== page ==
New US law could sanction Hezbollah ministers, MPs: Treasury

US Rep. Ilhan Omar (D-MN) (L) talks with Speaker of the House Nancy Pelosi (D-CA) during a rally with fellow Democrats before voting on H.R. 1, or the People Act, on the East Steps of the US Capitol on March 08, 2019 in Washington, DC. (AFP photo)
A file photo of the US Treasury Department in Washington, DC.

A US Treasury Department official says Lebanese officials who are members of the resistance movement Hezbollah could be sanctioned under a new US law.

The US Hezbollah International Financing Prevention Act (HIFPA) passed in December targets Hezbollah’s financial institutions and threatens sanctions against anyone who finances the resistance movement.

The Treasury's Assistant Secretary Daniel Glaser said the new law could be applied to Hezbollah ministers and MPs in Lebanon.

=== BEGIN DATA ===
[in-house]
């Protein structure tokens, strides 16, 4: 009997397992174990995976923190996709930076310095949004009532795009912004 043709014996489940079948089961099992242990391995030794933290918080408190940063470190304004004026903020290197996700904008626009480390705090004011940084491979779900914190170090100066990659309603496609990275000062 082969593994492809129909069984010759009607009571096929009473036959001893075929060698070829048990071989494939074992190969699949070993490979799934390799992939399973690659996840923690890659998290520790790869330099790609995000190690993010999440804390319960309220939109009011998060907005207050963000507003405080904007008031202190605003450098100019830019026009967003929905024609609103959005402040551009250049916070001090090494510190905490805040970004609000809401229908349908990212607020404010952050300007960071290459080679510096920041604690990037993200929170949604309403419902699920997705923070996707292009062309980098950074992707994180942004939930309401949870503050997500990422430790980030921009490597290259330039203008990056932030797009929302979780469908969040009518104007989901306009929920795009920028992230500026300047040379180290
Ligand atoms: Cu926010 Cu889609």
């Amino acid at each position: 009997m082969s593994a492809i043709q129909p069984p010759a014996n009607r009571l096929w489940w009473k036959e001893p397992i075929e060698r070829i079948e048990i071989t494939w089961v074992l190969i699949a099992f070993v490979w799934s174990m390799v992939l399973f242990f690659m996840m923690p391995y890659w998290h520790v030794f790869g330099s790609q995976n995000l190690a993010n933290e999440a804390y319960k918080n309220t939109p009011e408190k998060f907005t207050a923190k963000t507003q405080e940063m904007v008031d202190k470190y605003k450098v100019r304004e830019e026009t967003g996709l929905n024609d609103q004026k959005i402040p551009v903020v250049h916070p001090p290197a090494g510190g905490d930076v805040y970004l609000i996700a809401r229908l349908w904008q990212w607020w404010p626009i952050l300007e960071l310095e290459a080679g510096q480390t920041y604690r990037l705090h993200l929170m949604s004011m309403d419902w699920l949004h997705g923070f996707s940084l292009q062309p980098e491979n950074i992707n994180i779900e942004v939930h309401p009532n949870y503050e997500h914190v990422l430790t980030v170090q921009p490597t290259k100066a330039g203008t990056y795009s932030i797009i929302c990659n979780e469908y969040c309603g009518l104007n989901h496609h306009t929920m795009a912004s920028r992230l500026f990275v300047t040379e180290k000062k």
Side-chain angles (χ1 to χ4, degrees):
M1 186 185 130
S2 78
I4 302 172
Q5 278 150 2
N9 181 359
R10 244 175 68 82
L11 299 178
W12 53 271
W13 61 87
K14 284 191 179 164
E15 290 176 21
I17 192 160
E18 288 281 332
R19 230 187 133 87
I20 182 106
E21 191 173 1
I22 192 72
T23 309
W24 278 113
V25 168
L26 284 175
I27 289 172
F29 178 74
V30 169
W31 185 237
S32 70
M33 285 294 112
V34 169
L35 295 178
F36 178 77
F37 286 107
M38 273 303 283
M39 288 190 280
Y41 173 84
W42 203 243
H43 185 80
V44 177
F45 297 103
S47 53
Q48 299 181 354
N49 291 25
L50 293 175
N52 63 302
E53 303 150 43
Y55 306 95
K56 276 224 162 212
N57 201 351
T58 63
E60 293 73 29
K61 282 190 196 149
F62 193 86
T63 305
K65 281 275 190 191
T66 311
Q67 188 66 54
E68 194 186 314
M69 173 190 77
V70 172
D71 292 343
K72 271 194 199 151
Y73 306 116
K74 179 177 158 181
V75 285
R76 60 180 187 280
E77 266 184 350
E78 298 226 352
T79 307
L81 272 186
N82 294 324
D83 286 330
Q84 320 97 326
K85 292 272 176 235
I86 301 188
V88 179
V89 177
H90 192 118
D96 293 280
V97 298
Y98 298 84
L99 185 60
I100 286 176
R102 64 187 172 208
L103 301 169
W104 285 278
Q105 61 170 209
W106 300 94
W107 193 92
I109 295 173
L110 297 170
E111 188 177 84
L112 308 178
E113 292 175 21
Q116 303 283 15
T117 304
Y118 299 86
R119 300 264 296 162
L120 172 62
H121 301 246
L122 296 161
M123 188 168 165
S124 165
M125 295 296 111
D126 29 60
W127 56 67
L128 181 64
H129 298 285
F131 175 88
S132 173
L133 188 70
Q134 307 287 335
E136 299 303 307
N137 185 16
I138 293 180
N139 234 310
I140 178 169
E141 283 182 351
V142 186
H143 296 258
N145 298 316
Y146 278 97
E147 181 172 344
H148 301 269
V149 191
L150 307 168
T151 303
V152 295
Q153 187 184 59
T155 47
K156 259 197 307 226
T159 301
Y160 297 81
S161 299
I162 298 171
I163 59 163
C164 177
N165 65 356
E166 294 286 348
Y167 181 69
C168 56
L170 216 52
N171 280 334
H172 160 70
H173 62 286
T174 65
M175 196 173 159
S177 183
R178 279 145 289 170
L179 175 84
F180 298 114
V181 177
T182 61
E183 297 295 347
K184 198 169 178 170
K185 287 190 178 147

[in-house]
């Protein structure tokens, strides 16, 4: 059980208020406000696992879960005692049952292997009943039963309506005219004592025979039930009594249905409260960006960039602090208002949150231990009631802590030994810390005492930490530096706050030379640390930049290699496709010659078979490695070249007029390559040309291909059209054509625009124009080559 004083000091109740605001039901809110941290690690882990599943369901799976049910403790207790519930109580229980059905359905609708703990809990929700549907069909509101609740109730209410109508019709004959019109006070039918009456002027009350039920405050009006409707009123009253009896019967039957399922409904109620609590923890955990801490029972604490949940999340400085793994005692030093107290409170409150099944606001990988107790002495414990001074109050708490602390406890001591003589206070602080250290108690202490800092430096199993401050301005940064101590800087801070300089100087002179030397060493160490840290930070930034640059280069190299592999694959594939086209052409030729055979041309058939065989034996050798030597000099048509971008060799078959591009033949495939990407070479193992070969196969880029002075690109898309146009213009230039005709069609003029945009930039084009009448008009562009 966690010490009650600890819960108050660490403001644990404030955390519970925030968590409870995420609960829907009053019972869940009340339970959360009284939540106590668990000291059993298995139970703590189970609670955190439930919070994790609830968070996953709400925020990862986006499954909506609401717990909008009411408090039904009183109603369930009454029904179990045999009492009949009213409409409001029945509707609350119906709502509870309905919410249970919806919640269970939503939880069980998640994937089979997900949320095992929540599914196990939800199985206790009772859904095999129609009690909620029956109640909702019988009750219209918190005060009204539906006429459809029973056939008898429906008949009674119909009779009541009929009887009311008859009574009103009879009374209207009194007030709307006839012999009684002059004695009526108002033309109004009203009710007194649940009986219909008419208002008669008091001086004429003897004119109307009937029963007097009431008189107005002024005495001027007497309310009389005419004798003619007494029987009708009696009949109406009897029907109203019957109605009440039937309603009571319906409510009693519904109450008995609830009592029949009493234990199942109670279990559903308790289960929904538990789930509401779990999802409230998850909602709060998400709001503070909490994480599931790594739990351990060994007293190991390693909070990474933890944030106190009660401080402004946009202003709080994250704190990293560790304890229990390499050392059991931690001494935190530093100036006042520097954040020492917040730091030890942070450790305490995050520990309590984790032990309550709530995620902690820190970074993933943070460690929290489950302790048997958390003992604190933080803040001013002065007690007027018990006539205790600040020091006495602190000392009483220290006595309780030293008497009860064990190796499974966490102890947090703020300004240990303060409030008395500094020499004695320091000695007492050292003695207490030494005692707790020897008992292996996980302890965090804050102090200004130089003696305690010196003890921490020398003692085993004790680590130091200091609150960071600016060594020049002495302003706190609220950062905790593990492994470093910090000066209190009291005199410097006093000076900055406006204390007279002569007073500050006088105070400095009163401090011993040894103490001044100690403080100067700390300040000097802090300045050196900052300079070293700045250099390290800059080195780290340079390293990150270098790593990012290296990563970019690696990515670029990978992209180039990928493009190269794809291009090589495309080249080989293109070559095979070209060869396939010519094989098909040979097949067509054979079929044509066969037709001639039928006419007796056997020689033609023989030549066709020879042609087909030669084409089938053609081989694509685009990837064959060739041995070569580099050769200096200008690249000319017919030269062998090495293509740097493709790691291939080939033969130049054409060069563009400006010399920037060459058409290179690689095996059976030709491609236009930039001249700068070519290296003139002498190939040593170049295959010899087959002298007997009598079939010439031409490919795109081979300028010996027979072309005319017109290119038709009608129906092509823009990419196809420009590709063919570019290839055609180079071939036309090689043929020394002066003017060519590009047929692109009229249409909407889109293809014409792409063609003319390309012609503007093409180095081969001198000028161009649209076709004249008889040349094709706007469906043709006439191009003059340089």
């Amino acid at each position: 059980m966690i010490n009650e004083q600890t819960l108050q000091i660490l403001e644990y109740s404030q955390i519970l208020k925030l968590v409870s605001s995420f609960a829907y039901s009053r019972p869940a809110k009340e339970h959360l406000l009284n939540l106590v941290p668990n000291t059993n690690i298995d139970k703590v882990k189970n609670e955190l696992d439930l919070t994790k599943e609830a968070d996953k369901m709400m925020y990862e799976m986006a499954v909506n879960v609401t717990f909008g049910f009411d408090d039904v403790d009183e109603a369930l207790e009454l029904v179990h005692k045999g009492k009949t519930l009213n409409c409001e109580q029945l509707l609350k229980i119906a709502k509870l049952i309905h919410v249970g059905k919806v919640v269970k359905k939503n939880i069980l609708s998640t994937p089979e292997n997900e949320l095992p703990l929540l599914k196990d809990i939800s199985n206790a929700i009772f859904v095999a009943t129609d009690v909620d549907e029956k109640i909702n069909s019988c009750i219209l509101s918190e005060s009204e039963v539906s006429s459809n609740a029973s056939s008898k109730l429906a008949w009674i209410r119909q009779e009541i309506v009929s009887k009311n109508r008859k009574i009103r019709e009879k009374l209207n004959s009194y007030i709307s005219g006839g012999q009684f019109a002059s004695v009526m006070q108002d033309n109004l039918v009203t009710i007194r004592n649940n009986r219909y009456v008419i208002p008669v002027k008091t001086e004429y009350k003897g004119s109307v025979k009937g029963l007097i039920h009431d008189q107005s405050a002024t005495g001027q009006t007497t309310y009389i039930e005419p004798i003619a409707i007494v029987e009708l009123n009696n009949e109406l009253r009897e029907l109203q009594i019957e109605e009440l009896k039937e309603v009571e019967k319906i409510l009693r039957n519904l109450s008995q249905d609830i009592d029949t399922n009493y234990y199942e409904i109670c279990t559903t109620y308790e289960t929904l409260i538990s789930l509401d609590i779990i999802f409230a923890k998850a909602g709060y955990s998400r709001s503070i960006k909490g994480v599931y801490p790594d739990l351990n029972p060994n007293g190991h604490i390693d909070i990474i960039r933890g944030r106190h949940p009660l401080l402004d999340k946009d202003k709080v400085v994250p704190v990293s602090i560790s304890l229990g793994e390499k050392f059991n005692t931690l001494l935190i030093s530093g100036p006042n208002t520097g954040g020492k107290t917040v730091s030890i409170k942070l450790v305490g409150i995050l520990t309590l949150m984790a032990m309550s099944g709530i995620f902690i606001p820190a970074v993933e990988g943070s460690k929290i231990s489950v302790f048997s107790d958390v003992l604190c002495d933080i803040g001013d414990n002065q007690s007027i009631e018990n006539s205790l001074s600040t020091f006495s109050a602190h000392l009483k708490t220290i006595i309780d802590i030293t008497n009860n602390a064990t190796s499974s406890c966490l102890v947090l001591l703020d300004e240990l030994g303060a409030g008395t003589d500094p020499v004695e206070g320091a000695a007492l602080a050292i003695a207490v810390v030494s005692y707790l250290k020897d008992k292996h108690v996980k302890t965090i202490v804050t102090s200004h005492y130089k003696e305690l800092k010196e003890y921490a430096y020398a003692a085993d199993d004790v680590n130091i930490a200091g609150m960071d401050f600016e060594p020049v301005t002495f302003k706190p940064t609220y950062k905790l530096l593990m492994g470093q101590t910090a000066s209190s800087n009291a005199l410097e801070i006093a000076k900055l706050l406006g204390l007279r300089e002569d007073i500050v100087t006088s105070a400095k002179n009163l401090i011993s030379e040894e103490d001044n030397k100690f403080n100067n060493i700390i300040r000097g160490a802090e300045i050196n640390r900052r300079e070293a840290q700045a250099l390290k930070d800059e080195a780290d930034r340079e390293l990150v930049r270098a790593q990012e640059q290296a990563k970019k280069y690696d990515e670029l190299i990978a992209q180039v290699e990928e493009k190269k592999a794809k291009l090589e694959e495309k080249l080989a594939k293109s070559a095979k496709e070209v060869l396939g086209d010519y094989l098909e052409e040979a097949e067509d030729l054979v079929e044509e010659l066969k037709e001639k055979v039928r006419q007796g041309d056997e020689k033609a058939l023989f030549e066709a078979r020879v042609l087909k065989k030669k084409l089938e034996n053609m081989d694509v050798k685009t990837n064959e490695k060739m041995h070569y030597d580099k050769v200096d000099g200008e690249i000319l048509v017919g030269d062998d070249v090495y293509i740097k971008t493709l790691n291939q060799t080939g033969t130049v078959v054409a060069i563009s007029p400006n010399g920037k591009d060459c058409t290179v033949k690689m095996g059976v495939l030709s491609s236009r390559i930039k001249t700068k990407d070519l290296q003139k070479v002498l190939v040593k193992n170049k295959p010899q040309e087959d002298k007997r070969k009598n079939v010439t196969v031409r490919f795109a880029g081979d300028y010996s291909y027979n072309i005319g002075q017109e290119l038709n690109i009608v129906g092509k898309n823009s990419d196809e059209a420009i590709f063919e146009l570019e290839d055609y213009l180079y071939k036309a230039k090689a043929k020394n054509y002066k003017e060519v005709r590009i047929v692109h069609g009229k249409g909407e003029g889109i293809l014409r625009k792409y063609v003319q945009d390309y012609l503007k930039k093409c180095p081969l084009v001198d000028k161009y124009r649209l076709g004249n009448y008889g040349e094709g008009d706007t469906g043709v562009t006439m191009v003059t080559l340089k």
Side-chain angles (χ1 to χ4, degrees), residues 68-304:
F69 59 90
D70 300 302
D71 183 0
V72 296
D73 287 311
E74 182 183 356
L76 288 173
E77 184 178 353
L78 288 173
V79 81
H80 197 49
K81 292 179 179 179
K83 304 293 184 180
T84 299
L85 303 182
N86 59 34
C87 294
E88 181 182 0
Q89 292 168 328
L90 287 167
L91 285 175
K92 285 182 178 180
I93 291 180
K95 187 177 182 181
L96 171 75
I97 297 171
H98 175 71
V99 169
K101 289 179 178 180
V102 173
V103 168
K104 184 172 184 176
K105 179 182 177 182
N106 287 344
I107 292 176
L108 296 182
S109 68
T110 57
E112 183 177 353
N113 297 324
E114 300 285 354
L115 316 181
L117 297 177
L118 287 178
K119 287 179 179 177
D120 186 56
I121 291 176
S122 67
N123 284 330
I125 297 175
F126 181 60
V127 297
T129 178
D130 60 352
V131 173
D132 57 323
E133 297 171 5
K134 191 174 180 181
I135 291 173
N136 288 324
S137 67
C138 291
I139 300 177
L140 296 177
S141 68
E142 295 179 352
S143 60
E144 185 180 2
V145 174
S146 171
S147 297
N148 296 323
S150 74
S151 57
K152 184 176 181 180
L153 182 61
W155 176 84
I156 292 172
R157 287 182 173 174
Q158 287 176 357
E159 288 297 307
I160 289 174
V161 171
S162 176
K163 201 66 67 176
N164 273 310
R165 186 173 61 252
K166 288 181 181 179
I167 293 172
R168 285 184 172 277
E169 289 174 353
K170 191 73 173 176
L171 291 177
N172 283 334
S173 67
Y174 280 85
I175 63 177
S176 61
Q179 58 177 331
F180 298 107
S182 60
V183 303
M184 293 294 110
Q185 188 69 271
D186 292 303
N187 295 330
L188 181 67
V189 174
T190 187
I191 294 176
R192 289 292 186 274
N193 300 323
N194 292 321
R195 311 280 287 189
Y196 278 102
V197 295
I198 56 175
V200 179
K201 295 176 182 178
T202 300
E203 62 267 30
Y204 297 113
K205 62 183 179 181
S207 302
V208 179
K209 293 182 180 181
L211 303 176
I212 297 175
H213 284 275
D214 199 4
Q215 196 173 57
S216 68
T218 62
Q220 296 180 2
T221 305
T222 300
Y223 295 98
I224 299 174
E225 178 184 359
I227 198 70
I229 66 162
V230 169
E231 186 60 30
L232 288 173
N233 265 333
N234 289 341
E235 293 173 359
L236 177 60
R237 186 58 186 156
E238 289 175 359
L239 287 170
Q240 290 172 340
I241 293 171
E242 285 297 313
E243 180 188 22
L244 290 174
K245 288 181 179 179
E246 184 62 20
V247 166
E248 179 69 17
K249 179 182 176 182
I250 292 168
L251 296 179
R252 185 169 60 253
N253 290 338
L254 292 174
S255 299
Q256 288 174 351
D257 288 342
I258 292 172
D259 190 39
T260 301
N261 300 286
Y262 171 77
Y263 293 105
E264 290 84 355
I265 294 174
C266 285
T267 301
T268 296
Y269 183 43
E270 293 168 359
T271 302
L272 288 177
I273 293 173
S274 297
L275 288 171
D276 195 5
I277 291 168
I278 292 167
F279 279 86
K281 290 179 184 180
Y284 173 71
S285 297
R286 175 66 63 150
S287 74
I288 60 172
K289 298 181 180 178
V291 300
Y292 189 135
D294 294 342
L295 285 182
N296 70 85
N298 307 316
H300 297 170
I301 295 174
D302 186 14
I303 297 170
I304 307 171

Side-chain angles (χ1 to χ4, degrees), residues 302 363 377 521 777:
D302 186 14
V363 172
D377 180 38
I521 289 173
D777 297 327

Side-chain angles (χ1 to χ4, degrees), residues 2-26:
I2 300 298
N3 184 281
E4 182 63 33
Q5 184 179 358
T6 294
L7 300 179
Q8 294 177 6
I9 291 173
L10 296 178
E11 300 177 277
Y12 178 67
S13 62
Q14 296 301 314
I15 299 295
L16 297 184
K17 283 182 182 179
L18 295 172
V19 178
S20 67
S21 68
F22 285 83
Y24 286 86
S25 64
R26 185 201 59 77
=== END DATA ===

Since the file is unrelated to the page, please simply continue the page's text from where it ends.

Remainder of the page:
“We don't make a distinction among Hezbollah members,” he said in an interview with television channel LBC.

US officials and the Lebanese central bank have stressed that the measure does not target ordinary Lebanese citizens.

“We are implementing this law worldwide. Obviously it has specific impact here in Lebanon because Hezbollah has a big presence here in Lebanon,” Glaser said.

“But Hezbollah is the target of this legislation, not the Shia. And I can't say that strongly enough,” he added.

Hezbollah played a major role in forcing Israel to withdraw from southern Lebanon in 2000 and enjoys widespread support in the country. Its members include government ministers, MPs, and local councilors.

The resistance movement has been classified as a terrorist organization by the United States.

The group’s military wing has been engaged in fierce fighting with Daesh terrorists in Syria.


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